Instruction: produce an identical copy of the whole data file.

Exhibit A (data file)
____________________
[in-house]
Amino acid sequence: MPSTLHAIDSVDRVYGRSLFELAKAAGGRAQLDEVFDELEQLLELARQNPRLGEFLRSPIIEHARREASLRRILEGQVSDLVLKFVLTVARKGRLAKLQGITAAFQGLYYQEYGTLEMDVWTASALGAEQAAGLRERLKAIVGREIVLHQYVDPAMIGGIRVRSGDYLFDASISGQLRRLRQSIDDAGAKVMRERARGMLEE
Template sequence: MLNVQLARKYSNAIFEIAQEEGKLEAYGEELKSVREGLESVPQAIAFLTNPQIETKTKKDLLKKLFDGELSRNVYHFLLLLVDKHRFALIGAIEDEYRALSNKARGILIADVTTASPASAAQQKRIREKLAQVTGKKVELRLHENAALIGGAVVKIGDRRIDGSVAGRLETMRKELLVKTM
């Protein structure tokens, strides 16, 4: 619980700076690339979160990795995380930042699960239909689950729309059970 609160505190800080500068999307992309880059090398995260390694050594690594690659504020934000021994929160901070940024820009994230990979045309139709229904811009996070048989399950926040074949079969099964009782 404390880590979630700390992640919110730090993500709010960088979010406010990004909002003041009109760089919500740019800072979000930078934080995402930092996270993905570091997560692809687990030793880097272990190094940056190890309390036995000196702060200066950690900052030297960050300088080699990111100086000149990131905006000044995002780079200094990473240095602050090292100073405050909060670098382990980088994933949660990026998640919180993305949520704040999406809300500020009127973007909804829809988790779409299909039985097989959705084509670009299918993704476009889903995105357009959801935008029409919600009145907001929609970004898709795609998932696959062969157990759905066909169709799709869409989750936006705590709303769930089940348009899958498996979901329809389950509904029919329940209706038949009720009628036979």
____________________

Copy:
[in-house]
Amino acid sequence: MPSTLHAIDSVDRVYGRSLFELAKAAGGRAQLDEVFDELEQLLELARQNPRLGEFLRSPIIEHARREASLRRILEGQVSDLVLKFVLTVARKGRLAKLQGITAAFQGLYYQEYGTLEMDVWTASALGAEQAAGLRERLKAIVGREIVLHQYVDPAMIGGIRVRSGDYLFDASISGQLRRLRQSIDDAGAKVMRERARGMLEE
Template sequence: MLNVQLARKYSNAIFEIAQEEGKLEAYGEELKSVREGLESVPQAIAFLTNPQIETKTKKDLLKKLFDGELSRNVYHFLLLLVDKHRFALIGAIEDEYRALSNKARGILIADVTTASPASAAQQKRIREKLAQVTGKKVELRLHENAALIGGAVVKIGDRRIDGSVAGRLETMRKELLVKTM
């Protein structure tokens, strides 16, 4: 619980700076690339979160990795995380930042699960239909689950729309059970 609160505190800080500068999307992309880059090398995260390694050594690594690659504020934000021994929160901070940024820009994230990979045309139709229904811009996070048989399950926040074949079969099964009782 404390880590979630700390992640919110730090993500709010960088979010406010990004909002003041009109760089919500740019800072979000930078934080995402930092996270993905570091997560692809687990030793880097272990190094940056190890309390036995000196702060200066950690900052030297960050300088080699990111100086000149990131905006000044995002780079200094990473240095602050090292100073405050909060670098382990980088994933949660990026998640919180993305949520704040999406809300500020009127973007909804829809988790779409299909039985097989959705084509670009299918993704476009889903995105357009959801935008029409919600009145907001929609970004898709795609998932696959062969157990759905066909169709799709869409989750936006705590709303769930089940348009899958498996979901329809389950509904029919329940209706038949009720009628036979």